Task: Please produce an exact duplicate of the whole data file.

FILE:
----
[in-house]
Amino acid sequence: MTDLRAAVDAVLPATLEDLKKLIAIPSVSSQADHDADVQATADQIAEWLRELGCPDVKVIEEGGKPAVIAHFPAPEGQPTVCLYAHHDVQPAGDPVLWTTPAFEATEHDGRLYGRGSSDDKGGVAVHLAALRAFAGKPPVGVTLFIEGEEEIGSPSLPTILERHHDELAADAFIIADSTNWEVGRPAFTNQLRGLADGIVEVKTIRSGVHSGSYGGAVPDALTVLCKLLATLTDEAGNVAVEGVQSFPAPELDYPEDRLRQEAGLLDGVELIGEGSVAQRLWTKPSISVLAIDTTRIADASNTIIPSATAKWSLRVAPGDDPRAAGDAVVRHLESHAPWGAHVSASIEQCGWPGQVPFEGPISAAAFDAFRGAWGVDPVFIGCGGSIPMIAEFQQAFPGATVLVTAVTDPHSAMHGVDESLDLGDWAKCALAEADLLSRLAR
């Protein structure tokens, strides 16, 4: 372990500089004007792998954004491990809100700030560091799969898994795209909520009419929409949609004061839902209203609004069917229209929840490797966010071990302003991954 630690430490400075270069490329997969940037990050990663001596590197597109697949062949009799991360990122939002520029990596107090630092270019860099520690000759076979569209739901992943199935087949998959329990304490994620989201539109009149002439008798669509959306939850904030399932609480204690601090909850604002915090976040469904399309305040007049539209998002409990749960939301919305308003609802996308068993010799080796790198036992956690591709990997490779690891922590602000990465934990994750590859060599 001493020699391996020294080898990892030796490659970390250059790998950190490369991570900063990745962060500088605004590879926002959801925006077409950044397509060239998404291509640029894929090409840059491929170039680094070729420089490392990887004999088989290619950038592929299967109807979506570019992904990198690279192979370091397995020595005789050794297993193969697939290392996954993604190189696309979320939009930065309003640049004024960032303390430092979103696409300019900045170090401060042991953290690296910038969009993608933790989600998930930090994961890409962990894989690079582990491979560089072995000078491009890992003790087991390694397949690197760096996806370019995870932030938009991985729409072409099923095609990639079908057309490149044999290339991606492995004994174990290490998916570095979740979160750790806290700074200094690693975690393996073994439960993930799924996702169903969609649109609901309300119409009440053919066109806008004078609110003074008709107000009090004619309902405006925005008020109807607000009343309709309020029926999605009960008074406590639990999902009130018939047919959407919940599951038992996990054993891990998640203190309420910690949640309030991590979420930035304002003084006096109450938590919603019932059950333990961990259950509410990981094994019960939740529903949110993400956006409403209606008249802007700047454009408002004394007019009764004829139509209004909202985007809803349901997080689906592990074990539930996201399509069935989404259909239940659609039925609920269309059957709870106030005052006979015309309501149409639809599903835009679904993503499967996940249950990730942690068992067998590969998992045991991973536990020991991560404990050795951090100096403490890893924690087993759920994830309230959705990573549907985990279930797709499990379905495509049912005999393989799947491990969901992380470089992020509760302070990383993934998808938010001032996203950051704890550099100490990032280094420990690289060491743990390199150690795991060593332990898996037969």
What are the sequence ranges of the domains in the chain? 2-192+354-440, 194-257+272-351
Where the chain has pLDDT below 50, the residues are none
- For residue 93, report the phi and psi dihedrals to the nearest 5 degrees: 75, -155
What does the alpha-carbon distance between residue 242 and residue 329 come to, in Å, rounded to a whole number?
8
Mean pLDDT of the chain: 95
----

[in-house]
Amino acid sequence: MTDLRAAVDAVLPATLEDLKKLIAIPSVSSQADHDADVQATADQIAEWLRELGCPDVKVIEEGGKPAVIAHFPAPEGQPTVCLYAHHDVQPAGDPVLWTTPAFEATEHDGRLYGRGSSDDKGGVAVHLAALRAFAGKPPVGVTLFIEGEEEIGSPSLPTILERHHDELAADAFIIADSTNWEVGRPAFTNQLRGLADGIVEVKTIRSGVHSGSYGGAVPDALTVLCKLLATLTDEAGNVAVEGVQSFPAPELDYPEDRLRQEAGLLDGVELIGEGSVAQRLWTKPSISVLAIDTTRIADASNTIIPSATAKWSLRVAPGDDPRAAGDAVVRHLESHAPWGAHVSASIEQCGWPGQVPFEGPISAAAFDAFRGAWGVDPVFIGCGGSIPMIAEFQQAFPGATVLVTAVTDPHSAMHGVDESLDLGDWAKCALAEADLLSRLAR
């Protein structure tokens, strides 16, 4: 372990500089004007792998954004491990809100700030560091799969898994795209909520009419929409949609004061839902209203609004069917229209929840490797966010071990302003991954 630690430490400075270069490329997969940037990050990663001596590197597109697949062949009799991360990122939002520029990596107090630092270019860099520690000759076979569209739901992943199935087949998959329990304490994620989201539109009149002439008798669509959306939850904030399932609480204690601090909850604002915090976040469904399309305040007049539209998002409990749960939301919305308003609802996308068993010799080796790198036992956690591709990997490779690891922590602000990465934990994750590859060599 001493020699391996020294080898990892030796490659970390250059790998950190490369991570900063990745962060500088605004590879926002959801925006077409950044397509060239998404291509640029894929090409840059491929170039680094070729420089490392990887004999088989290619950038592929299967109807979506570019992904990198690279192979370091397995020595005789050794297993193969697939290392996954993604190189696309979320939009930065309003640049004024960032303390430092979103696409300019900045170090401060042991953290690296910038969009993608933790989600998930930090994961890409962990894989690079582990491979560089072995000078491009890992003790087991390694397949690197760096996806370019995870932030938009991985729409072409099923095609990639079908057309490149044999290339991606492995004994174990290490998916570095979740979160750790806290700074200094690693975690393996073994439960993930799924996702169903969609649109609901309300119409009440053919066109806008004078609110003074008709107000009090004619309902405006925005008020109807607000009343309709309020029926999605009960008074406590639990999902009130018939047919959407919940599951038992996990054993891990998640203190309420910690949640309030991590979420930035304002003084006096109450938590919603019932059950333990961990259950509410990981094994019960939740529903949110993400956006409403209606008249802007700047454009408002004394007019009764004829139509209004909202985007809803349901997080689906592990074990539930996201399509069935989404259909239940659609039925609920269309059957709870106030005052006979015309309501149409639809599903835009679904993503499967996940249950990730942690068992067998590969998992045991991973536990020991991560404990050795951090100096403490890893924690087993759920994830309230959705990573549907985990279930797709499990379905495509049912005999393989799947491990969901992380470089992020509760302070990383993934998808938010001032996203950051704890550099100490990032280094420990690289060491743990390199150690795991060593332990898996037969």
What are the sequence ranges of the domains in the chain? 2-192+354-440, 194-257+272-351
Where the chain has pLDDT below 50, the residues are none
- For residue 93, report the phi and psi dihedrals to the nearest 5 degrees: 75, -155
What does the alpha-carbon distance between residue 242 and residue 329 come to, in Å, rounded to a whole number?
8
Mean pLDDT of the chain: 95